Finances can be confidence building and a helpful tool, or it can be a source of misery and stress.

Money is everywhere in our society. Almost every choice we make has a financial impact in one way or another.

Basically, finances are important, very important.

At school we learn about lots of interesting things across various subjects. Money doesn’t get much of a mention even though it’s almost as important to living in this world as being able to understand language.

In some ways, we define how important we are to society by how much money we make a year, by how much money people have accumulated. Many people idolise those who can display their importance to society with expensive cars, big houses and fancy accessories.

Of course, some of those people fund their life with excessive debt and many live a financially unsustainable life. But that doesn’t matter, right?

Where are you supposed to learn good habits when school mostly ignores it and many places in life don’t think it’s ‘cool’?

The financial services Royal Commission unearthed many wrongdoings by Australia’s largest financial advice institutions. Turns out they weren’t on our side.

But there are good sources of learning out there. The Australian Finance Podcast is a great place to start.

Scott Pape’s books, including The Barefoot Investor for Families, is another good way to learn and build habits. Rask’s financial education is a wonderful tool, with many parts of it completely free.

Another favourite blog of mine is Morgan Housel’s at the Collaborative Fund.

The thing is, the only person who truly cares about your financial success and security is you. And you don’t need to make things complicated to do well.

Succeeding with money doesn’t have to need a statistical analysis degree when it comes down to it. As Morgan Housel said: “You spend less money than you make, save the difference, you buy a diverse portfolio of great companies and you be patient.”

There are plenty of people out there trying to live their lives in a very financially successful way that could be inspiring.

For example in the FIRE podcast (Financial Independence, Retire Early), Owen mentioned a blog called Dividends Down Under which is run by a couple in their 20s who want to become financially independent by 40, by investing in shares for the long term and living off the dividend income.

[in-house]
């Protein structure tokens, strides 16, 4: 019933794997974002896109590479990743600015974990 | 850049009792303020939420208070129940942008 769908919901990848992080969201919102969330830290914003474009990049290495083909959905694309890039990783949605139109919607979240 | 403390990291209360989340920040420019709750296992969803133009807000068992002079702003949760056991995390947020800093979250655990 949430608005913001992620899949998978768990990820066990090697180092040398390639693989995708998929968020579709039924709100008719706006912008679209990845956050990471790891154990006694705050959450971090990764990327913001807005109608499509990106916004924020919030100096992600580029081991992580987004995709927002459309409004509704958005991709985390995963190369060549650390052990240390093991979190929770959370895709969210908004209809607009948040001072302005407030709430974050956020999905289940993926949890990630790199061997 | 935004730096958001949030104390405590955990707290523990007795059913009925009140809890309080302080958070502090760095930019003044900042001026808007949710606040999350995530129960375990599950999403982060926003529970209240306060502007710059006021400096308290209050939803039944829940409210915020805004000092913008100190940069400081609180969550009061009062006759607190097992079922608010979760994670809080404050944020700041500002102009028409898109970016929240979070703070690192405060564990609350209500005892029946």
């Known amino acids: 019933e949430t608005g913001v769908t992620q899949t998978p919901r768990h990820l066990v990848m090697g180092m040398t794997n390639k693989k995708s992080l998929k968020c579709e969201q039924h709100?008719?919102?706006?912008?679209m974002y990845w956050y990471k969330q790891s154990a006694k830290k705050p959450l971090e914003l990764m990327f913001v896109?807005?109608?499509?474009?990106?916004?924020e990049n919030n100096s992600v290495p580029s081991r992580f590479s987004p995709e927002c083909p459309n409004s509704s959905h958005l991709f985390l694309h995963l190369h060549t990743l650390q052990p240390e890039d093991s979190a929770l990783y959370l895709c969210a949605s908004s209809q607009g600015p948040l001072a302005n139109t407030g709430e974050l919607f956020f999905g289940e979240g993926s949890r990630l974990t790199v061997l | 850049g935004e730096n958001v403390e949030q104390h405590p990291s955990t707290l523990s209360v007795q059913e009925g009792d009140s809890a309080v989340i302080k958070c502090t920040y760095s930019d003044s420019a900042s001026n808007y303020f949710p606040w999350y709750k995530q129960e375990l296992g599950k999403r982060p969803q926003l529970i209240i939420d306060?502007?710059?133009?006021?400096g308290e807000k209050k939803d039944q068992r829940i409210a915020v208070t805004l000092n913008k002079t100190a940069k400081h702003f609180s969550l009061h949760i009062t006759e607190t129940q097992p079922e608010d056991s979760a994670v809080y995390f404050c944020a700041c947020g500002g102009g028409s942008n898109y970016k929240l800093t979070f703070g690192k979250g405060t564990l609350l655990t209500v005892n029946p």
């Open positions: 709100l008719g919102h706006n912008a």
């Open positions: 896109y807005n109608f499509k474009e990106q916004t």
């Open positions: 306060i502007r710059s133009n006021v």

They aren’t alone, there are plenty of Aussies on the path to FIRE with communities all over the internet.

Why does financial independence matter?

The sooner we can take control of our financial lives the sooner we can fully dictate how we want our lives to go. Freedom is empowering.

Sadly, there are far too many people who wouldn’t be able to last long financially at all without their job. That’s why many financial gurus suggest having at least three months of living expenses.

If you’re under a ton of debt, or if you’re living month to month, then you’ll feel like you have to hang onto your job at all costs even if the pay is poor, even if your boss is terrible, even if you have no growth prospects there.

Having good financial knowledge and a strong financial position will give you the confidence to take on the world. Having strong foundations with a good emergency fund can give you that freedom and allow you to take on more risk to invest more money into shares, property or whatever else.

Surround yourself with good information, with good inspiration, with people who want you to achieve your financial goals. Build good financial habits that are easy to follow and hard to break.

Financial independence can be achieved by most Aussies if they put their minds to it (and their bank accounts).

You can do it, we all can.